Will the state pension be privatised?

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The Department for Work and Pensions is desperately looking for ways to cut costs - and is said to be considering privatising the process of delivering the state pension. The change is a radical one - but the department may need to take radical steps as it faces losing £2 billion from its budget in the next two years.

So what would it mean for pensioners?

Cuts

The proposal was reported by the Guardian, which has seen the document outlining the cost-cutting options. The review said that all the simple cost-cutting measures had already been implemented, so they needed to consider more 'strategic' changes - such as outsourcing the administration of benefits.

It's worth highlighting that this is just a proposal within a review - so is a long way from becoming reality. However, there will be those within government who like the idea.

The department runs 10 pension centres, employing 7,000 people, issuing 4.5 million pension statements every year, answering 750,000 phone calls, and administering £100 billion.

Given that public sector pay and benefits are far more generous than those available to most of the private sector, the government could save a small fortune from cutting those jobs and outsourcing to a company that is less generous, and therefore able to deliver the service at a far lower cost.

The cost

Cutting 7,000 public sector jobs, or transferring them to the private sector, is far from a simple and pleasant process. It would mean that thousands of people would face horrible uncertainty over the future of their jobs and their terms and conditions: the price paid for 'efficiency' will be personal suffering.

Plus, there's the very real risk that the outsourcing doesn't go entirely to plan. The PFI schemes for hospitals have become a standard-bearer for botched outsourcing. Many were established under rules which cost the NHS Trusts involved incredible sums of money, and in the case of South London Healthcare NHS Trust, the debt and interest owed through the schemes was a major contributing factor into the trust going bust.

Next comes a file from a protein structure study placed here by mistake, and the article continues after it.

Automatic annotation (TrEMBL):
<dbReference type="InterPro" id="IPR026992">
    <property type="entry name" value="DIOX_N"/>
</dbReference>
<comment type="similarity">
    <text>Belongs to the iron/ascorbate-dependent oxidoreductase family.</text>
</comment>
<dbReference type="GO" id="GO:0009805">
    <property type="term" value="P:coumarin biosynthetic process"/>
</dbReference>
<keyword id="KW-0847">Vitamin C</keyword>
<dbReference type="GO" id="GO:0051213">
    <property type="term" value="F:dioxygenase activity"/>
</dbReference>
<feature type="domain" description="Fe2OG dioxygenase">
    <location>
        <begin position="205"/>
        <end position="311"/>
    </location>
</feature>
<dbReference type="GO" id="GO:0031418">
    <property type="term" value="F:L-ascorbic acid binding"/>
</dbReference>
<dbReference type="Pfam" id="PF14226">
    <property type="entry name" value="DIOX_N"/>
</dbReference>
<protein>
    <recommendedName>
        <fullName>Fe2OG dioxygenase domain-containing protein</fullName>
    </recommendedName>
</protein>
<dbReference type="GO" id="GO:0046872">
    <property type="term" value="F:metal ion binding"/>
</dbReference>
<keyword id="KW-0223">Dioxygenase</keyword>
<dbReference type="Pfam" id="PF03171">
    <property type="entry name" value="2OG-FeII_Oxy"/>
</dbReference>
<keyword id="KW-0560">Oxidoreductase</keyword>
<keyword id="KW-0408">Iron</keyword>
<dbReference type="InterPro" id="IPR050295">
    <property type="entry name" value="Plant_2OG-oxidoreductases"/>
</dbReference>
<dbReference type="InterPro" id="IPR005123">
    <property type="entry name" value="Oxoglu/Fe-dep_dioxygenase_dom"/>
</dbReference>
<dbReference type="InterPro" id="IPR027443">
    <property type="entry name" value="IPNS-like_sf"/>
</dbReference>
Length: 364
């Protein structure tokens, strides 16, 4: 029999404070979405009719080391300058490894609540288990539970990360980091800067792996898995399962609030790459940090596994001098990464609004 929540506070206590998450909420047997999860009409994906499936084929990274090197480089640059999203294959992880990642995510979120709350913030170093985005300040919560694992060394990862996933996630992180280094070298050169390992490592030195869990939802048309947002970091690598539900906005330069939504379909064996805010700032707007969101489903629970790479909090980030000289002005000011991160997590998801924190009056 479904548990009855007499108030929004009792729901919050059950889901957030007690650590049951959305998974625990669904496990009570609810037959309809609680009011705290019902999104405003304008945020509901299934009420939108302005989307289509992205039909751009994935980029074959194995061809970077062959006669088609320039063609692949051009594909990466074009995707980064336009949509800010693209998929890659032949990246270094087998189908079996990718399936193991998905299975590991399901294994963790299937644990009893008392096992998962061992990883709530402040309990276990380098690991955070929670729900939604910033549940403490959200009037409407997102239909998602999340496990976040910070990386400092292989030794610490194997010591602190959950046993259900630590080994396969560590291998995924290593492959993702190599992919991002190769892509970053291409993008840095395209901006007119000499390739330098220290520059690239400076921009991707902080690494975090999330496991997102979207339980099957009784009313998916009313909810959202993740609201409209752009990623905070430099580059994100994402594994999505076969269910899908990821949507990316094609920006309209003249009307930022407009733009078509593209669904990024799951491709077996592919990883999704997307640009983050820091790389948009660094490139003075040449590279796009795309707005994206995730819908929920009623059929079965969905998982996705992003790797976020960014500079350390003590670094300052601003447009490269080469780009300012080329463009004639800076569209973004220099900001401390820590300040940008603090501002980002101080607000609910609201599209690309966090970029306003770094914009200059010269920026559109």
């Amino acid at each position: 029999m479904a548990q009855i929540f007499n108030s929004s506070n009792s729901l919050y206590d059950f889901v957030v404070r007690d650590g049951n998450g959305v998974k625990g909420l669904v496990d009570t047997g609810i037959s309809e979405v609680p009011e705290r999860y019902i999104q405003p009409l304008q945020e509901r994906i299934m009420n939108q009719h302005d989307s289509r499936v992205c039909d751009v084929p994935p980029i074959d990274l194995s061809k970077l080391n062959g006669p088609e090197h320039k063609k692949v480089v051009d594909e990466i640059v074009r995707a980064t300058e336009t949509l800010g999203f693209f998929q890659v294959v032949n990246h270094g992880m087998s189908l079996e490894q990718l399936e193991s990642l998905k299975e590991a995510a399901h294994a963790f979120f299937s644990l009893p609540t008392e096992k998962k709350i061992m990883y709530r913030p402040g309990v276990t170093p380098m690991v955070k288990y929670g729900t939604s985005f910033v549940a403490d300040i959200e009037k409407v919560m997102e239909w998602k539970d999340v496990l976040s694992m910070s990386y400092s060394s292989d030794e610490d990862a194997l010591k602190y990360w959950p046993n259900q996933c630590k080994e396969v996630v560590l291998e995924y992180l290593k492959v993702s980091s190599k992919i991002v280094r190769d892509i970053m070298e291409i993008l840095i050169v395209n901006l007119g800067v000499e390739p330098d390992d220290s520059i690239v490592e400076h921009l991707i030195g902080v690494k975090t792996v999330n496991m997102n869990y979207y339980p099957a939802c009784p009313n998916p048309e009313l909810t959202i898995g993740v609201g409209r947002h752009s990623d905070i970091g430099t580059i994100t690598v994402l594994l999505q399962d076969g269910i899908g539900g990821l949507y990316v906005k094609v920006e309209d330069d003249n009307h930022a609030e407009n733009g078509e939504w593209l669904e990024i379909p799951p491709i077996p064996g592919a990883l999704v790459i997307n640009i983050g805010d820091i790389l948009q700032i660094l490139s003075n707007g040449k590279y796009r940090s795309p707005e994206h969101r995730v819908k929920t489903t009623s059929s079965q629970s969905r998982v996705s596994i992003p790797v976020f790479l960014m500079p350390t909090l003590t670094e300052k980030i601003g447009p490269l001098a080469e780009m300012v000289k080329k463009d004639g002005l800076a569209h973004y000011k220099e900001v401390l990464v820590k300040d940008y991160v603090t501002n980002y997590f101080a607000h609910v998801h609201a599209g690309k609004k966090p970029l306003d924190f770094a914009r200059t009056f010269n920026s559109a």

An outsourcing shambles that very nearly became a national humiliation was leaving the security of the Olympics to G4S. When the army was called in to meet the enormous staffing shortfall, it became a very visible symbol of outsourcing failure.

And it's hardly as if the government has learned all the lessons of outsourcing and is now always able to deliver a seamless transition. At the moment the outsourcing of lower risk cases within the probation service is being challenged by the unions. They are reporting the justice secretary, Chris Grayling, to the International Labour Organisation over the fact that community service will be overseen by a private company - and that private companies are not allowed to oversee forced labour.

Impact on pensioners

In the worst case, there's the risk that any failure could impact pensioners. Ros Altmann, a pensions expert, told the Guardian that she was concerned that one option for a private company trying to cut costs could be to reduce the service. This, she warned, was particularly concerning given that many pensioners are in a financially vulnerable position.

AGE UK recently found that 1.25 million elderly people are financially on the edge of disaster at all times and are just £200 away from slipping into the red. If any slip-ups resulted in a delay in paying their state pension, there will certainly be those who can suddenly not afford to eat or heat their homes.

According to the Daily Mail, the chair of the Commons work and pensions committee, Dame Anne Begg, said "The pension service is one of the success stories of the DWP. There is a very high satisfaction rate and very few complaints about it. [So] if it's a success story and it ain't broke I'm not sure why they would want to upset that. If you end up with a poorer service as a result then it's not good value for the taxpayer".

The scale of the cuts is astonishing - seeing the department's budget cut by a third. Arguably, to make these cuts and keep all services in-house might lead to a fall in service in any case, and in that case maybe outsourcing is the 'least worst' option. But is this a disaster waiting to happen?

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